The fact that a high fee structure leads to underperformance has been proven in a famous decade-long bet launched by investor Warren Buffett back in 2007. Buffet predicted that the overall market — proxied by the performance of a low-fee index fund that tracks the S&P 500 — will outperform the net results (after fees) of any portfolio of at least five hedge funds over a 10-year period. He then publicly challenged hedge fund managers to participate in a million-dollar bet.

Warren Buffett, chairman and CEO of Berkshire Hathaway proved in a bet in 2007 that a hedge funds high fee structure leads to underperformance, writes Amir Barnea.

“I then sat back and waited expectantly for a parade of fund managers — who could include their own fund as one of the five — to come forth and defend their occupation. After all, these managers urged others to bet billions on their abilities. Why should they fear putting a little of their own money on the line?” wrote Buffett in his 2016 letter to shareholders.

Only one hedge fund manager, Ted Seides of Protégé Partners stepped up for the challenge. Confident, Seides picked five different portfolios that invested money in more than 100 different hedge funds. But he lost the bet by a shockingly wide margin.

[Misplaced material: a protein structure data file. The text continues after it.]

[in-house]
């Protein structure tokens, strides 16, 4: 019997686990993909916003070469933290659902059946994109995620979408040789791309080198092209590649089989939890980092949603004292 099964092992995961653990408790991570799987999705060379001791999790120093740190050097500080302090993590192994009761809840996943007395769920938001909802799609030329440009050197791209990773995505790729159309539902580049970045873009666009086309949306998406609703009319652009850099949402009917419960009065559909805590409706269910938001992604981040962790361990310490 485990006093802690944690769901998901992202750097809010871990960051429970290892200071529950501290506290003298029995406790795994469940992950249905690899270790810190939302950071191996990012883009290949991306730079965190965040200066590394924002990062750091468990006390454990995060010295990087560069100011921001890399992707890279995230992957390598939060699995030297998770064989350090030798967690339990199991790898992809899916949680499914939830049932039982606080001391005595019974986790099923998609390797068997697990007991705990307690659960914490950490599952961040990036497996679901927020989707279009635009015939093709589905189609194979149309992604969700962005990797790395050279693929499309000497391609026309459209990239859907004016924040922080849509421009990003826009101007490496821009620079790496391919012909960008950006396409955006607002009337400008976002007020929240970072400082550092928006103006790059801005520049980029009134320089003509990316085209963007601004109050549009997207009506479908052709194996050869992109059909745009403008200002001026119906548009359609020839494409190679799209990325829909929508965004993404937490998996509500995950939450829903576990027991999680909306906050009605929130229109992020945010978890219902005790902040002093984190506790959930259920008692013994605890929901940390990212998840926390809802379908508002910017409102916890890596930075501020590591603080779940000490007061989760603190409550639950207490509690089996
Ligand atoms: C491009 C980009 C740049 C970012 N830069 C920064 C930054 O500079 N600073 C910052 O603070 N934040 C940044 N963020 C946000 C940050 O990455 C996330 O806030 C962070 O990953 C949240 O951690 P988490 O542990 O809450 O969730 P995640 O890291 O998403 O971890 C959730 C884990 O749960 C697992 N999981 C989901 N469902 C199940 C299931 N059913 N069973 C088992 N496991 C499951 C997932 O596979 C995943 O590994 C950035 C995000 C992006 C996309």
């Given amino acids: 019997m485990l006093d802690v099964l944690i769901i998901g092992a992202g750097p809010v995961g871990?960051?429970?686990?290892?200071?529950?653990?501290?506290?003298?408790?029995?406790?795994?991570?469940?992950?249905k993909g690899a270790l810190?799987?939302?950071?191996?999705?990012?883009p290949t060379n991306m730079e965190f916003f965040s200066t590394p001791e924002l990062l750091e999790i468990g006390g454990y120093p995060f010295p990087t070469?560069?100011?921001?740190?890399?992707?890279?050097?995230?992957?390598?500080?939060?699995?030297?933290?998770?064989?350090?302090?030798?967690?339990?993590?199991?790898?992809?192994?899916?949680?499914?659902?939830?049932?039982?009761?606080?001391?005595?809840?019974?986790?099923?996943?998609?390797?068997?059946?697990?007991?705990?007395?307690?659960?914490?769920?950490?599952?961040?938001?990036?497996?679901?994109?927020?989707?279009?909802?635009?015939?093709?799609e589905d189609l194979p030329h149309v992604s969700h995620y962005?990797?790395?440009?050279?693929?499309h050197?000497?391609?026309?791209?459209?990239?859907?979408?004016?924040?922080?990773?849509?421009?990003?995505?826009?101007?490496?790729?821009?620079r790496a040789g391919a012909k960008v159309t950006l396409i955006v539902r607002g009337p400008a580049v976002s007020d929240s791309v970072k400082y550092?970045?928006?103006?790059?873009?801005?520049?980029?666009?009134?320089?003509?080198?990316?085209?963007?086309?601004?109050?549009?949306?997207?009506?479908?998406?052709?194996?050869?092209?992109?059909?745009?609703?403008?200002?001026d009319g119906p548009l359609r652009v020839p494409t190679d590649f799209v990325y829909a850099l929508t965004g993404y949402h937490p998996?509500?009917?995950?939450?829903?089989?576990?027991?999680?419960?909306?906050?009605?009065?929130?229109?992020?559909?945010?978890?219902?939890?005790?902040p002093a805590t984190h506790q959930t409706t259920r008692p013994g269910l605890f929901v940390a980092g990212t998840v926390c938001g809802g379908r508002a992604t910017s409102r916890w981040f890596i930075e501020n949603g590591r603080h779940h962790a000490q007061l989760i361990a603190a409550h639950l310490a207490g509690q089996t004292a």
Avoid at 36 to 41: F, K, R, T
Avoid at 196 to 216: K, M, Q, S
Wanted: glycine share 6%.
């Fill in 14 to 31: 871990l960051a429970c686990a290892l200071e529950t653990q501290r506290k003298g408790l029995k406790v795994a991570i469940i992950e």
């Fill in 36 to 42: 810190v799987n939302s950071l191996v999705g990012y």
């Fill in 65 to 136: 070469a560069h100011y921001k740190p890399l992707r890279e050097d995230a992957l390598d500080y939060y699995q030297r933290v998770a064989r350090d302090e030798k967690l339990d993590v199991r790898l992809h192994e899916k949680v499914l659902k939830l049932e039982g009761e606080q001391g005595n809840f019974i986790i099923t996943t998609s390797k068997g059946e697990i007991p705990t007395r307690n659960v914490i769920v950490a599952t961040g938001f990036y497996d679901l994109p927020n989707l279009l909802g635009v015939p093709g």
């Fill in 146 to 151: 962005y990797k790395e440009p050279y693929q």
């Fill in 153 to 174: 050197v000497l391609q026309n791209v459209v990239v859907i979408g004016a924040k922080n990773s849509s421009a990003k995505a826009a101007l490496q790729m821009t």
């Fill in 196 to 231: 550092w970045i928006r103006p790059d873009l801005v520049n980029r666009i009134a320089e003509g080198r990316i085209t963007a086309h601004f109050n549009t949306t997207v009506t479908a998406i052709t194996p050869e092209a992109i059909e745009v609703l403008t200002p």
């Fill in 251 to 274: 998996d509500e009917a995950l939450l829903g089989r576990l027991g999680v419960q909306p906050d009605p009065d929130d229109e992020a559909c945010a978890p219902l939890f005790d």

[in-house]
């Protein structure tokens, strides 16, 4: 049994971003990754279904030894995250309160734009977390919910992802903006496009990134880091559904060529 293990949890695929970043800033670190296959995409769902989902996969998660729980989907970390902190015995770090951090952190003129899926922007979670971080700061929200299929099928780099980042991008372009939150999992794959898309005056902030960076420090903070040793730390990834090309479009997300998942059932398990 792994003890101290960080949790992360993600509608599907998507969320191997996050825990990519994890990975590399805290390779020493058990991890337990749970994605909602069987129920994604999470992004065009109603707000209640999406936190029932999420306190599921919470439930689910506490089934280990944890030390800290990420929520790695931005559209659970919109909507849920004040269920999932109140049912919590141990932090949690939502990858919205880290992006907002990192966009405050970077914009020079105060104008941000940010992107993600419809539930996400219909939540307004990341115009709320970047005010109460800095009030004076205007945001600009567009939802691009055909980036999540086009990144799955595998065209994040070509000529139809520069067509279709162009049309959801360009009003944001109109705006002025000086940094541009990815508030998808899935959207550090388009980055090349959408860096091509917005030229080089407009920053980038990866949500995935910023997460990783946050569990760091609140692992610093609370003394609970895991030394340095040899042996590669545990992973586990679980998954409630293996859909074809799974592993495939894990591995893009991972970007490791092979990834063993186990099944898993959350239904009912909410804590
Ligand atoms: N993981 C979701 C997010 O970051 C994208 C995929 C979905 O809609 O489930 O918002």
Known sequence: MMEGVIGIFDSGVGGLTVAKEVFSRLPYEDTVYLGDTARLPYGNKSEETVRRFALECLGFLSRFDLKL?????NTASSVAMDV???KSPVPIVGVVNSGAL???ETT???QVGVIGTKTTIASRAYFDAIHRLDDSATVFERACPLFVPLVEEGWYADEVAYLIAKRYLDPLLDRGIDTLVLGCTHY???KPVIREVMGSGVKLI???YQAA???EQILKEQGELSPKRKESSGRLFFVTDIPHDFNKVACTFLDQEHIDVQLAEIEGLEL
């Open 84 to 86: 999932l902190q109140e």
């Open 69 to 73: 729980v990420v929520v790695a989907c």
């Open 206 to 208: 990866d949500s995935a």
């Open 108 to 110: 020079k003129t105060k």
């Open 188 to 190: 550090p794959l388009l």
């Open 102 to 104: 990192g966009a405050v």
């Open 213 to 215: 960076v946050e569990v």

The hedge funds he picked had an annual average return of only 2.2 per cent. The index fund that Buffet chose, had a 7.1 per cent annual return. Buffet pointed at the fees charged by hedge funds as the main reason for their poor results.

While ordinary Canadians don’t have the money to invest in hedge funds, dozens of billions of dollars of our pension money is invested in the sector.

It is true that in many cases the strategies employed by hedge funds on behalf of our pension funds are market neutral and limited in absolute risk. But over the long-term, the inherently problematic “2 and 20” fee structure will take its toll.

CALPERS, the biggest public pension plan in the U.S., which manages more than $500 billion (U.S.) in assets, decided to terminate all investments in hedge funds back in 2014 due to unreasonable management fees. Given the evidence and the research, maybe Canada’s largest institutional investors should chart a similar path.

Amir Barnea is an associate professor of finance at HEC Montréal and a freelance contributing columnist for the Star. Follow him on Twitter: @abarnea1